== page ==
War Storm offers a messy, imperfect ending to Victoria Aveyard’s Red Queen saga

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Victoria Aveyard wraps up her Red Queen saga with War Storm, a final installment that ultimately gets more points for intention than execution.

Warning: This review has spoilers for the entirety of War Storm. It’s hard to talk about the ending of a series without, well, talking about the ending. Proceed with caution.

It’s always difficult to wrap up a multi-book story, especially one as large and sprawling as Victoria Aveyard’s Red Queen series. War Storm, her final novel in the saga, does its best to address the many dangling plots left over from King’s Cage. (And implied within the larger series itself.) And the novel clocks in at 657 pages, so it’s not like it doesn’t make a valiant effort. There’s politics, romance, and the battle for the fate of a kingdom.

However, as a story in and of itself – as well as the conclusion to a series – War Storm is basically just okay. It wraps up most of the outstanding narrative items. By the end, we know who will rule Norta. We discover the fate of Mare and Cal’s romantic relationship. There’s even hope for a future in which magically powered Silvers and normal Reds can live together in something like equality.

The story also has some fantastic elements. We get to know more characters and journey to new places. (Both the Lakelands and Montfort seem like fascinating kingdoms.) The descriptions are beautifully written. The political intrigue is fascinating. We finally get to spend some time with several of the series’ most interesting secondary characters. (I still want more Iris, honestly.)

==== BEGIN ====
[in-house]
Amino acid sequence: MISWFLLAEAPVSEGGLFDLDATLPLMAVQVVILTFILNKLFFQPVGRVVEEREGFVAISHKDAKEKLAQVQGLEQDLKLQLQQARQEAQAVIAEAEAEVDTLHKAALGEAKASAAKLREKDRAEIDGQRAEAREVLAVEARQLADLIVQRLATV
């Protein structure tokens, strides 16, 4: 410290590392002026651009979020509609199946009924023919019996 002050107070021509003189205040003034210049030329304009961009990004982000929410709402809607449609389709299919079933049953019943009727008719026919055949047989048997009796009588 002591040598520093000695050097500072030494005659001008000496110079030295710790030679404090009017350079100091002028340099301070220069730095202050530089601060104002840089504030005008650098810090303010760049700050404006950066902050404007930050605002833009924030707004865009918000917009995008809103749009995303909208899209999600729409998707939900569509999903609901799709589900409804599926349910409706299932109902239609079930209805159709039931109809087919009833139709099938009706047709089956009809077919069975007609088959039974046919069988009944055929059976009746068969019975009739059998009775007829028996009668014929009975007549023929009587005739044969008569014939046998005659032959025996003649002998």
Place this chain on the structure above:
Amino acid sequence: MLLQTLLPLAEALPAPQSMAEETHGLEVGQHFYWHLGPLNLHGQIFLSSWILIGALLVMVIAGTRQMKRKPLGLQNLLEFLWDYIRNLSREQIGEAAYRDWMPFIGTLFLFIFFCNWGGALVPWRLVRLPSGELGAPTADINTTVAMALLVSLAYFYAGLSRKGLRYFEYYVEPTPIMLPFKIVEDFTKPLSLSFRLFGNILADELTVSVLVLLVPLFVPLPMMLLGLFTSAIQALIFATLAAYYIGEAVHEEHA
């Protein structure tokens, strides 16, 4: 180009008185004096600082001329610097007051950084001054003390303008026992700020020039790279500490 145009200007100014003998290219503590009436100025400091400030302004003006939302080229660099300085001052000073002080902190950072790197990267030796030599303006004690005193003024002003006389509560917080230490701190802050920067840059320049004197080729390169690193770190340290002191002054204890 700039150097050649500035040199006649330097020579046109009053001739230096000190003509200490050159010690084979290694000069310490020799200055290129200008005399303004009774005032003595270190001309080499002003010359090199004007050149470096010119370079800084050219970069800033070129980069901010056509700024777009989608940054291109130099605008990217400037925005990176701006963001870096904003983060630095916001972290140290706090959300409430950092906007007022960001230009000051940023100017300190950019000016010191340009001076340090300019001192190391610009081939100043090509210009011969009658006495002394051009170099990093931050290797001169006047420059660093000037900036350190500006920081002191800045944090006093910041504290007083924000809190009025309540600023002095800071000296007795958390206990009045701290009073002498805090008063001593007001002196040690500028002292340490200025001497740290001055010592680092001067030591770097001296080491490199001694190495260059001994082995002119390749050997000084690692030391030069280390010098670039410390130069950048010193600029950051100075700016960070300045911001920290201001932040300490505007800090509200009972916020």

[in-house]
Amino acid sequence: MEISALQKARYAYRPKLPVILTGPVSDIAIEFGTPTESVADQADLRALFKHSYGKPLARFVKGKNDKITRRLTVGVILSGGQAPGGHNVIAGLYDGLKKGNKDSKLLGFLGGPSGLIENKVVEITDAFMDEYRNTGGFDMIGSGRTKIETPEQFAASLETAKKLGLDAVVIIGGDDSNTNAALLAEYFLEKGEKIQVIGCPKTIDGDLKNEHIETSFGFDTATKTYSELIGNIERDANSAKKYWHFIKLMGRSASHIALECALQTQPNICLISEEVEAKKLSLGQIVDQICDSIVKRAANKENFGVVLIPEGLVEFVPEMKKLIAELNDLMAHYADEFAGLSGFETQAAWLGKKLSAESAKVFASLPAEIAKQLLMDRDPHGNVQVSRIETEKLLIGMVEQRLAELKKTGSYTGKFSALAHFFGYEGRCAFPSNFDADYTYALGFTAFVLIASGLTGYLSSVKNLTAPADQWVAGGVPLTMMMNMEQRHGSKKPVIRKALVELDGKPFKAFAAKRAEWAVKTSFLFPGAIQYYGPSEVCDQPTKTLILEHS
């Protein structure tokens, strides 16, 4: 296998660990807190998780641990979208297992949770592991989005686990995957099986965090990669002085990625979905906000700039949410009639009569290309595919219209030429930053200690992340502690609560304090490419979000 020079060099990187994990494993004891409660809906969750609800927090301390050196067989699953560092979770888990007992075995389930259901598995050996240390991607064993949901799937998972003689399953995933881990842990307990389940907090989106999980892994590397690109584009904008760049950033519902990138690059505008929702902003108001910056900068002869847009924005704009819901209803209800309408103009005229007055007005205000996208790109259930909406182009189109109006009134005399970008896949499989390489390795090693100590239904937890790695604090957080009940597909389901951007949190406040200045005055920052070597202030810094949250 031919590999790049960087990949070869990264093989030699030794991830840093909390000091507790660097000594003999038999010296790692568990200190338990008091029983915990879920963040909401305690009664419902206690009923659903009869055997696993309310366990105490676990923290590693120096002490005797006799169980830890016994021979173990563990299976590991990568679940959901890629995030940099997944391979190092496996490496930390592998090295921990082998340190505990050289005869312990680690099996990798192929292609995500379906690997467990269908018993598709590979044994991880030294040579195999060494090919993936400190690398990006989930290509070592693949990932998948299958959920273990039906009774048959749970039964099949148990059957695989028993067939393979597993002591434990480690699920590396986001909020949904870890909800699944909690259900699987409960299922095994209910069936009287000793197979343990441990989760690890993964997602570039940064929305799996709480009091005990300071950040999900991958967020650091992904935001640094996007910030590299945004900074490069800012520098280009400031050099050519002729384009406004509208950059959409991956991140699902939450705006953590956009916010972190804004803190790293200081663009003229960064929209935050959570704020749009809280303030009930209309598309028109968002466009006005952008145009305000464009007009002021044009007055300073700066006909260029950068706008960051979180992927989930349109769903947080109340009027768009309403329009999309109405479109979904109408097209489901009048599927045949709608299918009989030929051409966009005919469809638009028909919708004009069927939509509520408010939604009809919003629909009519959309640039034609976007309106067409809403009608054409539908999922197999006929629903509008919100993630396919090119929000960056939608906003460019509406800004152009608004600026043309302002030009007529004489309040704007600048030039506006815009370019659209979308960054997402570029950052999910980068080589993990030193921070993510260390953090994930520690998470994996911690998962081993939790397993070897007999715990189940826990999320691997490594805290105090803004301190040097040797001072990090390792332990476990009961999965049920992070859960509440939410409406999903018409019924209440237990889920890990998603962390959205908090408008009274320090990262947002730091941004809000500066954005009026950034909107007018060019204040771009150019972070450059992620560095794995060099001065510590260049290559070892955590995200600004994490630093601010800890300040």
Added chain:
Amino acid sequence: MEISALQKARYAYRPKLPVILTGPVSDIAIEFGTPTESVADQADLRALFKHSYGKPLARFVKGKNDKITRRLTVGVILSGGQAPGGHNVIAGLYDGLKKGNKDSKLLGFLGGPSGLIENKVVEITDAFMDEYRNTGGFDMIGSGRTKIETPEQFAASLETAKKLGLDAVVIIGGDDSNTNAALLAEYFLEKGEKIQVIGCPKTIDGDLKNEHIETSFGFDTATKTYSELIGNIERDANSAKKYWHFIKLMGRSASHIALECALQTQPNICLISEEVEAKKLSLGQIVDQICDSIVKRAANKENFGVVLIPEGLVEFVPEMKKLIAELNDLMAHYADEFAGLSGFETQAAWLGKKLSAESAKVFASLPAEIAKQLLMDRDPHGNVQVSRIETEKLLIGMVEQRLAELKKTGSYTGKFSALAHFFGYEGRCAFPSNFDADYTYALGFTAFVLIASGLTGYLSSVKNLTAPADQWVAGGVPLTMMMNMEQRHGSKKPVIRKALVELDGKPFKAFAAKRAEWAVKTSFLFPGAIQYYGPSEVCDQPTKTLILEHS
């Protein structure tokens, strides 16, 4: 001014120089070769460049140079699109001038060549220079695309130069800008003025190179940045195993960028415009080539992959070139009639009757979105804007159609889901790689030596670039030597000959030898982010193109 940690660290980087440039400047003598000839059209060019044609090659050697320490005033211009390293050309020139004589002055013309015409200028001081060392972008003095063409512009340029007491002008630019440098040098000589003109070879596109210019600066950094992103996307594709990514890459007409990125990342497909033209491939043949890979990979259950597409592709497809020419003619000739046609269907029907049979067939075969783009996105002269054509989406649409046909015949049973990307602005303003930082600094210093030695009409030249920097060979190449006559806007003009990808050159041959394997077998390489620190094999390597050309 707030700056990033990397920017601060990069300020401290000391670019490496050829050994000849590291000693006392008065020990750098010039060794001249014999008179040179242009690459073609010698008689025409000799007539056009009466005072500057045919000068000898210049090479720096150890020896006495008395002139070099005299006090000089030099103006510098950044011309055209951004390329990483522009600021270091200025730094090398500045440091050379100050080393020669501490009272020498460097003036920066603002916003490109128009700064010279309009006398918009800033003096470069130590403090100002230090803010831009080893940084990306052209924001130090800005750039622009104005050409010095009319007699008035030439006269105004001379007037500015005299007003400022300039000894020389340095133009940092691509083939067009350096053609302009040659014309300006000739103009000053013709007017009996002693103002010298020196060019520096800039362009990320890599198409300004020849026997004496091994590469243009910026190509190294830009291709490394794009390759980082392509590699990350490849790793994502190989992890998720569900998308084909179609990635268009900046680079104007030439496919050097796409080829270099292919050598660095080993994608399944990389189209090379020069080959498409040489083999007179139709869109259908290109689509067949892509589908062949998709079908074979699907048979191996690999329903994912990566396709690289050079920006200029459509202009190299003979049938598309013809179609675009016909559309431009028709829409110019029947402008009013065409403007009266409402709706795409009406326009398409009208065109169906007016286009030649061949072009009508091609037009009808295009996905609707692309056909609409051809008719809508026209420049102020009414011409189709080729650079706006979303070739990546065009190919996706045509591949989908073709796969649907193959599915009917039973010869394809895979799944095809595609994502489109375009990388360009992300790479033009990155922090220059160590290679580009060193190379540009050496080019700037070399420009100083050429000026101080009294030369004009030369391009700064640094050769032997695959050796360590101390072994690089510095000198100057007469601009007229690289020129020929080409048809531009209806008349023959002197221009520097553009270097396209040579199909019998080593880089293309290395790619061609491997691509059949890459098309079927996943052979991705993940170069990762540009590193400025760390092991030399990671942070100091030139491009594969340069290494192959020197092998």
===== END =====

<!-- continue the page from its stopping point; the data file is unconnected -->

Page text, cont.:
But the problem with War Storm is its pacing. Things either take forever or speed by like a bullet train.

The thing is, it should be impossible for an ending to feel rushed after we spent 600-plus pages getting there.  And yet here we are. The final climactic battle is big and loud, with lots of imminent threats, but an ultimately toothless danger. Only Maven eventually perishes, and that only happens once he completely snaps to the dark side and tries to murder Mare with his bare hands. Seriously, Aveyard gives us so many near misses and hints at redemption with this character. But I suppose it’s a good choice in the end. Some people, you just can’t save, no matter how much you might want to. But Maven fans are going to be disappointed not just by his ending, but his treatment in the entire book. It gives us almost no further insight into his character than his mother’s evil mind control powers drove him crazy.

Even Mare’s inner conflict about him is ultimately reduced to an act of self-defense, ultimately scuttling her waffling over the worth of his life and her ability to kill.  Elsewhere, after stoically insisting on his right to rule for the entirety of the novel, Cal relinquishes his throne in what feels like five minutes. The ultimate battle is won by some submarines that we’ve never heard of before. Anabel and Julian betray an alliance member, but his death is barely remarked upon. And the (quite frankly, awesome) Cygnet queens flee, never to be heard from again.